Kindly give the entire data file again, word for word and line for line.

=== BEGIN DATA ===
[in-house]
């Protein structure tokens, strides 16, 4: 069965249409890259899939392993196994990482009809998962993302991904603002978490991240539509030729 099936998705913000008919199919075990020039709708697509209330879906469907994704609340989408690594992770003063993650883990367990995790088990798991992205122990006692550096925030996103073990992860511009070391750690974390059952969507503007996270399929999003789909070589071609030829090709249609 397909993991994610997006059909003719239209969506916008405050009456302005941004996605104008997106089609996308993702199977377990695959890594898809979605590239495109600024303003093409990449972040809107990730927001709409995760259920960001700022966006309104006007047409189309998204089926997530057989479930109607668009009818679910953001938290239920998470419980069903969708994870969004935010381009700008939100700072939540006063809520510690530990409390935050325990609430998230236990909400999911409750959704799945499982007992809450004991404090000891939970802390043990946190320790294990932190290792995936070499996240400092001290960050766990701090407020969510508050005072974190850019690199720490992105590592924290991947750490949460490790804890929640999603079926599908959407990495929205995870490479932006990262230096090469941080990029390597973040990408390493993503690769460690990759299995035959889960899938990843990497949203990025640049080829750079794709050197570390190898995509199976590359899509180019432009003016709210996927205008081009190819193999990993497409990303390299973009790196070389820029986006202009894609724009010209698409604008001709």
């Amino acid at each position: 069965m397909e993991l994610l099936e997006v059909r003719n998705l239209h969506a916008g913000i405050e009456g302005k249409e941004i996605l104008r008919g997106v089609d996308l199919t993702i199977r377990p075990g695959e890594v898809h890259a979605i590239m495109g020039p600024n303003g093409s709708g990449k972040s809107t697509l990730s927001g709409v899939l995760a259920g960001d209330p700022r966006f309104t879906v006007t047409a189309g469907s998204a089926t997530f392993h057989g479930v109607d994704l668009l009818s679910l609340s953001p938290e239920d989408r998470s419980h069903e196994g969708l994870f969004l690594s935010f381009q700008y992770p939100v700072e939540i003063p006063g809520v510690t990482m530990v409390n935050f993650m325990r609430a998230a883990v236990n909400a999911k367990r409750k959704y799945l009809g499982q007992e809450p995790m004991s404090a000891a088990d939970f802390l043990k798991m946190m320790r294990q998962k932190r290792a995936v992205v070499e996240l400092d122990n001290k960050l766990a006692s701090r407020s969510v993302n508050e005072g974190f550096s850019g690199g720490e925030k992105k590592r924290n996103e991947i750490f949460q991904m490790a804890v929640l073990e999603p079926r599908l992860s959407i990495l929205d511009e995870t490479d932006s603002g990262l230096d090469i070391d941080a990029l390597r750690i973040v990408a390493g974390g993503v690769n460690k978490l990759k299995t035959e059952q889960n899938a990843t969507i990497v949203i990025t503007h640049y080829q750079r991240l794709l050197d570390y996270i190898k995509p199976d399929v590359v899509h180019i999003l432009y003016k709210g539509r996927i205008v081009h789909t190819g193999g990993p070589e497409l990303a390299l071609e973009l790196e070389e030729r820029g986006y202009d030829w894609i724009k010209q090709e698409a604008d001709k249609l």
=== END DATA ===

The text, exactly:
[in-house]
């Protein structure tokens, strides 16, 4: 069965249409890259899939392993196994990482009809998962993302991904603002978490991240539509030729 099936998705913000008919199919075990020039709708697509209330879906469907994704609340989408690594992770003063993650883990367990995790088990798991992205122990006692550096925030996103073990992860511009070391750690974390059952969507503007996270399929999003789909070589071609030829090709249609 397909993991994610997006059909003719239209969506916008405050009456302005941004996605104008997106089609996308993702199977377990695959890594898809979605590239495109600024303003093409990449972040809107990730927001709409995760259920960001700022966006309104006007047409189309998204089926997530057989479930109607668009009818679910953001938290239920998470419980069903969708994870969004935010381009700008939100700072939540006063809520510690530990409390935050325990609430998230236990909400999911409750959704799945499982007992809450004991404090000891939970802390043990946190320790294990932190290792995936070499996240400092001290960050766990701090407020969510508050005072974190850019690199720490992105590592924290991947750490949460490790804890929640999603079926599908959407990495929205995870490479932006990262230096090469941080990029390597973040990408390493993503690769460690990759299995035959889960899938990843990497949203990025640049080829750079794709050197570390190898995509199976590359899509180019432009003016709210996927205008081009190819193999990993497409990303390299973009790196070389820029986006202009894609724009010209698409604008001709």
């Amino acid at each position: 069965m397909e993991l994610l099936e997006v059909r003719n998705l239209h969506a916008g913000i405050e009456g302005k249409e941004i996605l104008r008919g997106v089609d996308l199919t993702i199977r377990p075990g695959e890594v898809h890259a979605i590239m495109g020039p600024n303003g093409s709708g990449k972040s809107t697509l990730s927001g709409v899939l995760a259920g960001d209330p700022r966006f309104t879906v006007t047409a189309g469907s998204a089926t997530f392993h057989g479930v109607d994704l668009l009818s679910l609340s953001p938290e239920d989408r998470s419980h069903e196994g969708l994870f969004l690594s935010f381009q700008y992770p939100v700072e939540i003063p006063g809520v510690t990482m530990v409390n935050f993650m325990r609430a998230a883990v236990n909400a999911k367990r409750k959704y799945l009809g499982q007992e809450p995790m004991s404090a000891a088990d939970f802390l043990k798991m946190m320790r294990q998962k932190r290792a995936v992205v070499e996240l400092d122990n001290k960050l766990a006692s701090r407020s969510v993302n508050e005072g974190f550096s850019g690199g720490e925030k992105k590592r924290n996103e991947i750490f949460q991904m490790a804890v929640l073990e999603p079926r599908l992860s959407i990495l929205d511009e995870t490479d932006s603002g990262l230096d090469i070391d941080a990029l390597r750690i973040v990408a390493g974390g993503v690769n460690k978490l990759k299995t035959e059952q889960n899938a990843t969507i990497v949203i990025t503007h640049y080829q750079r991240l794709l050197d570390y996270i190898k995509p199976d399929v590359v899509h180019i999003l432009y003016k709210g539509r996927i205008v081009h789909t190819g193999g990993p070589e497409l990303a390299l071609e973009l790196e070389e030729r820029g986006y202009d030829w894609i724009k010209q090709e698409a604008d001709k249609l």